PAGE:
City Council Receives Patent and Report on Reclaimed Water
By Josh Valone
The Clearwater City Council reconvened for their weekly meeting Thursday evening, receiving word on several issues the city currently faces.
Leading off with good news, it was revealed that Clearwater is a finalist for Best Tennis Town in America. Votes will be tallied at www.besttennistown.com, and the winning city will be awarded a $100,000 grant to be used for tennis facilities.
Following that positive news was a report that the City of Clearwater is now officially a patent holder. City employee Paul Bertels invented the technology being patented, a remote operating system for traffic lights that will allow police officers to operate lights manually from a short distance away during emergencies. The city will own the exclusive right to use, sell, or license the technology for the next 20 years.
Next up was a sobering report by Mayor Hibbard on his trip to New Orleans. The purpose of that trip was to allow mayors from several cities to see first-hand the measures being taken to combat the Deepwater Horizon oil spill. While BP's latest attempt to cap the gusher seems to be a success, which makes it unlikely that any oil will ever reach local shores, Hibbard pointed out that it is important to at least be familiar with this technology should the city ever need to respond to such a disaster.
An issue of vital importance to many residents is the progress being made on fixing the damaged reclaimed water line to the barrier islands. The council was informed that repairs were underway, with a conservative estimate of a permanent fix within one month. Contractors hope that if repairs go smoothly a "significant" amount of time could be shaved off of that estimate.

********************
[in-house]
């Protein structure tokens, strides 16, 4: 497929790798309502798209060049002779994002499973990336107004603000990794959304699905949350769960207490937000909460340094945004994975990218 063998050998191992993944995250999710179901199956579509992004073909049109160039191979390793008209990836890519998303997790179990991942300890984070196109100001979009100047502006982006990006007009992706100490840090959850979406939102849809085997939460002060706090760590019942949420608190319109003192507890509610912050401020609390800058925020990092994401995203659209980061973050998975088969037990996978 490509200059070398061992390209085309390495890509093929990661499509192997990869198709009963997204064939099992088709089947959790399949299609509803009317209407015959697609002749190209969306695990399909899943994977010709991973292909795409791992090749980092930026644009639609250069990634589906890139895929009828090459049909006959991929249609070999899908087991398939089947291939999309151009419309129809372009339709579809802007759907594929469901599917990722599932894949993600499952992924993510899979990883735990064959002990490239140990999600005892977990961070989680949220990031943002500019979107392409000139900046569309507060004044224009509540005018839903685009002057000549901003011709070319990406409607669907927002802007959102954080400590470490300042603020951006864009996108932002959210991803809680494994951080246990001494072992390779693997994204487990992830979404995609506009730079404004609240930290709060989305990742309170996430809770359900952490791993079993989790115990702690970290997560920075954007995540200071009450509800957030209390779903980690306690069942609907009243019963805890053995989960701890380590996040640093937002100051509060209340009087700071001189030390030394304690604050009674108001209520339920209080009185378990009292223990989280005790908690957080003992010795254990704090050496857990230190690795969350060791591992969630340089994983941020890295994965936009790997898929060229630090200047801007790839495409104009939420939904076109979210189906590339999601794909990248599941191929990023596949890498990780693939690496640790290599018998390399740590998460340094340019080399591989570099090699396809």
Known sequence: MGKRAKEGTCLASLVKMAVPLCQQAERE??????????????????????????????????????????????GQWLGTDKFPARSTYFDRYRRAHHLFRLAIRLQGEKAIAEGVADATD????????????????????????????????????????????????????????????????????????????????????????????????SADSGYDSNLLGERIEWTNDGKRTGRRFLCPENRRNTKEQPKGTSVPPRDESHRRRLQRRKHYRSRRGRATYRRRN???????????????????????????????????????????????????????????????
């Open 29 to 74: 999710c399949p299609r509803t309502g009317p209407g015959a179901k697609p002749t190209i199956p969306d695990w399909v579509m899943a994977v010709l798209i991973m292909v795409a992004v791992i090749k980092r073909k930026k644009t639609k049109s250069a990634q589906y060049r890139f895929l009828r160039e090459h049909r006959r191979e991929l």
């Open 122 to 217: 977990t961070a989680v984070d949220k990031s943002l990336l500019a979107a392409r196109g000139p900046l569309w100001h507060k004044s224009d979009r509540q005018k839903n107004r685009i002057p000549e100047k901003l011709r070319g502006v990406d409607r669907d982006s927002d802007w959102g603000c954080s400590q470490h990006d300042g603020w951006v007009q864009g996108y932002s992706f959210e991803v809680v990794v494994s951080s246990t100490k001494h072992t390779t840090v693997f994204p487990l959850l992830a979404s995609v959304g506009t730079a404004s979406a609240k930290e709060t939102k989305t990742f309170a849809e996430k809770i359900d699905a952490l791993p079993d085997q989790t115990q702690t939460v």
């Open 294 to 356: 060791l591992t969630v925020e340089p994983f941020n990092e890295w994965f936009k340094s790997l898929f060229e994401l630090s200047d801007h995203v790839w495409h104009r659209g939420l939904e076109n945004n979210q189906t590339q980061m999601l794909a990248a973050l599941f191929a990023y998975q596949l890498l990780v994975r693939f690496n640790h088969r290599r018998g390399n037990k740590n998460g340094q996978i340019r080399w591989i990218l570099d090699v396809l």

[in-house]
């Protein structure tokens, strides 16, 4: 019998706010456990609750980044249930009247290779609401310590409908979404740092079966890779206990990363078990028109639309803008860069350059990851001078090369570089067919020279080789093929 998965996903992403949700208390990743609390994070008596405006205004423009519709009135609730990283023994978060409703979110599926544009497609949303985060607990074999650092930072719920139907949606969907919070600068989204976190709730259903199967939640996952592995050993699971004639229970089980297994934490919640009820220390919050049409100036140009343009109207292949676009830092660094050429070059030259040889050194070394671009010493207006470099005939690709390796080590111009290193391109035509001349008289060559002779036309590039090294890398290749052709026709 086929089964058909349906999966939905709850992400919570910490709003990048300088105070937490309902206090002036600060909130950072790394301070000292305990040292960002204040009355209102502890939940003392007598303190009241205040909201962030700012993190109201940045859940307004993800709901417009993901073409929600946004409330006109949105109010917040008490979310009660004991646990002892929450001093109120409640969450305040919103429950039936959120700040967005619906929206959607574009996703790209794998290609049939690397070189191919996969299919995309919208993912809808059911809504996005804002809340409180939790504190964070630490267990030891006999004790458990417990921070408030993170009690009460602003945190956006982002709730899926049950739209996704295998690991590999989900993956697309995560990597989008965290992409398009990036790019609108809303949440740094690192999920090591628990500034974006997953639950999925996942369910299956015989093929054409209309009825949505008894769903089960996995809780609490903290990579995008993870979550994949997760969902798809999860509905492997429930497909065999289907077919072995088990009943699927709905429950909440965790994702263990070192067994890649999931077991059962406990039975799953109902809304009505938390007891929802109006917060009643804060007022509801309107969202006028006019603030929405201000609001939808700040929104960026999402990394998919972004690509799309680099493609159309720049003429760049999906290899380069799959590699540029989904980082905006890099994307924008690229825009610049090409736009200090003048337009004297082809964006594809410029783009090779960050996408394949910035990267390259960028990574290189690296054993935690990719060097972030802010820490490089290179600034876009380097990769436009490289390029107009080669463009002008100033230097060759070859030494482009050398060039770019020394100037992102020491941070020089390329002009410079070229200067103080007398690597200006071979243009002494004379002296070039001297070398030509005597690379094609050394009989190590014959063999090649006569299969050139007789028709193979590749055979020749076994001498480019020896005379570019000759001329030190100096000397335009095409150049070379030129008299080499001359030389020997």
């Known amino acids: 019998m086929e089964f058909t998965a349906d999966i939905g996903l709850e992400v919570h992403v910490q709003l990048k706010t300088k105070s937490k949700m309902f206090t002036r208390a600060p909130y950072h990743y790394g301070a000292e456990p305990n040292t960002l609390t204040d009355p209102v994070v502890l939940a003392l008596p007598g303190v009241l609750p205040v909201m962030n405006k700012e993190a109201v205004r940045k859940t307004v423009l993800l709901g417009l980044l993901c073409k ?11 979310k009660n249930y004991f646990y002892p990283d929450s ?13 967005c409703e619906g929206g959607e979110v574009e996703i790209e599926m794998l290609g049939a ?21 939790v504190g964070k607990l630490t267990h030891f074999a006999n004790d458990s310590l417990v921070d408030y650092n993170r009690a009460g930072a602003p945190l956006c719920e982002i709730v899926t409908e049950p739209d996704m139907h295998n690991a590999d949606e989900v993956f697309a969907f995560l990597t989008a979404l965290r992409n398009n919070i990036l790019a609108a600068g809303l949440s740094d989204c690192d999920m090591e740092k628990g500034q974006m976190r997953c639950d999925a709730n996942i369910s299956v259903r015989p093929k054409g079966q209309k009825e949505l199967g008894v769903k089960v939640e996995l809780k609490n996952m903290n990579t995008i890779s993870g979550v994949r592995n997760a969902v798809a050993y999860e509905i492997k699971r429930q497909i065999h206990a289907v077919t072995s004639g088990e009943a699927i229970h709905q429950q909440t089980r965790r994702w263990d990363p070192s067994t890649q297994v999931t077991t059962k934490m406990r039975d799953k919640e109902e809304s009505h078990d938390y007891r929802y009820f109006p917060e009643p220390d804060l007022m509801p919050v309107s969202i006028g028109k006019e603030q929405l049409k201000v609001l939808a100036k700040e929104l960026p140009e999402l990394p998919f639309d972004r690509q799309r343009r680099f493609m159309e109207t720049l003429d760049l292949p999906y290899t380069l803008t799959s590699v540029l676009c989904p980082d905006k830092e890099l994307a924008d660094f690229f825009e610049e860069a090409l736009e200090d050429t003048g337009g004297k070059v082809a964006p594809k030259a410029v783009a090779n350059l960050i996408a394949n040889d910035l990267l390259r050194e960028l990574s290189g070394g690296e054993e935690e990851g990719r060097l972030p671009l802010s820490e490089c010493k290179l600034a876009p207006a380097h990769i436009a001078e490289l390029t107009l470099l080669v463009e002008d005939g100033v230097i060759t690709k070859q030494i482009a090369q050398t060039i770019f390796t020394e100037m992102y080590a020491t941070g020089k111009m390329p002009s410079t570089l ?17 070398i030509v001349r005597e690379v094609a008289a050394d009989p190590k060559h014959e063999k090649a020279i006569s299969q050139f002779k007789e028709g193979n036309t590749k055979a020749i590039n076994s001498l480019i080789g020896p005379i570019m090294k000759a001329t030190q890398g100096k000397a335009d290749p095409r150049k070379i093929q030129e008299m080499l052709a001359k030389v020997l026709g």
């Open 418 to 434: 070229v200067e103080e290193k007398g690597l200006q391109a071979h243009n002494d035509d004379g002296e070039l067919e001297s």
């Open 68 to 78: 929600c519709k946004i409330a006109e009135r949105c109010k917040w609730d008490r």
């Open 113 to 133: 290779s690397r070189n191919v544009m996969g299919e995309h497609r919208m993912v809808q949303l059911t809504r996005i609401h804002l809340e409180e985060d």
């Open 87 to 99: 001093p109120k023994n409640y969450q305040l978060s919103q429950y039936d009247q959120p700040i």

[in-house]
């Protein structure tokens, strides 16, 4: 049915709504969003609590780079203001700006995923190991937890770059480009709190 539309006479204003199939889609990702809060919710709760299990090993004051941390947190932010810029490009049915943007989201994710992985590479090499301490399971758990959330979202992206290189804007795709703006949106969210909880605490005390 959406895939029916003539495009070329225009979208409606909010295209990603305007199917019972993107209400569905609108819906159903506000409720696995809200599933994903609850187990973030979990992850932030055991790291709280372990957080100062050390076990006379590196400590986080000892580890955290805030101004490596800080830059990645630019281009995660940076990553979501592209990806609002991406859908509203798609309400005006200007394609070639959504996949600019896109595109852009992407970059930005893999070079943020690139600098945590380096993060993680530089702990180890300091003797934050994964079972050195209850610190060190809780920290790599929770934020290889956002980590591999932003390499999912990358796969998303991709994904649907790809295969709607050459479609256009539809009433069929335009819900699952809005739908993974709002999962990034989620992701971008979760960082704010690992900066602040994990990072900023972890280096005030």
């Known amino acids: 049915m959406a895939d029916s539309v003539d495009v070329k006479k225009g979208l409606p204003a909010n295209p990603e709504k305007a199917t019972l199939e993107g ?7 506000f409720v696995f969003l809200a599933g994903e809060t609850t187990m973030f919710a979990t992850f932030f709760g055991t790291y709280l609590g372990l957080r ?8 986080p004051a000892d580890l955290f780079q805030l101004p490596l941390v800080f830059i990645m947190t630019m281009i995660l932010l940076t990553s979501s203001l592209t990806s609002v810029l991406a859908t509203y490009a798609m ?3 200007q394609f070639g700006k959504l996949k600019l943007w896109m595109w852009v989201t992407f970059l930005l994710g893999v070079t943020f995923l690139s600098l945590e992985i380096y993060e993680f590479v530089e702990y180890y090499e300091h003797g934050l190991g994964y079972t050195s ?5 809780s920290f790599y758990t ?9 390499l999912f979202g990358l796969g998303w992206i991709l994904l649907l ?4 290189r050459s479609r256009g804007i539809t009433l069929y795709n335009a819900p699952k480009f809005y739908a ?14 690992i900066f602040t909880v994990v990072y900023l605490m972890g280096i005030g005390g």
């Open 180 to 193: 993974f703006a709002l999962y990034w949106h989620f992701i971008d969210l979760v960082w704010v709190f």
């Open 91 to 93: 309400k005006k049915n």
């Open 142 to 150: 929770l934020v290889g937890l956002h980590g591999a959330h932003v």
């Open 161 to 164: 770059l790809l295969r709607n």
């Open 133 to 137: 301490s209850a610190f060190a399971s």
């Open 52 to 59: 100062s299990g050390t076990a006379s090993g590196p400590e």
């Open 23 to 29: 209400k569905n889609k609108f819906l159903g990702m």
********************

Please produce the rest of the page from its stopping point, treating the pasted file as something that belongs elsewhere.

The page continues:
The final major topic on the agenda was whether to go through with a proposal to plant sea oats on Clearwater Beach. Sea oat root systems cause the formation of sand dunes, which can serve as a defensive measure against erosion or other natural disasters. Brian Murphy, landscape manager for the Department of Parks and Recreation, detailed the current seeding plan. A spirited debate followed his presentation, with most of the opposition rallying around the fact that the sea oats, after being planted, can never be removed due to conservation laws.
After much discussion the sea oat proposal was defeated. It was eventually decided that the council would instead hear a presentation from the Department of Environmental Protection in two weeks to gather more information on the matter. Given the short shelf life of sea oats it was deemed unlikely that any planting will take place in the near future.
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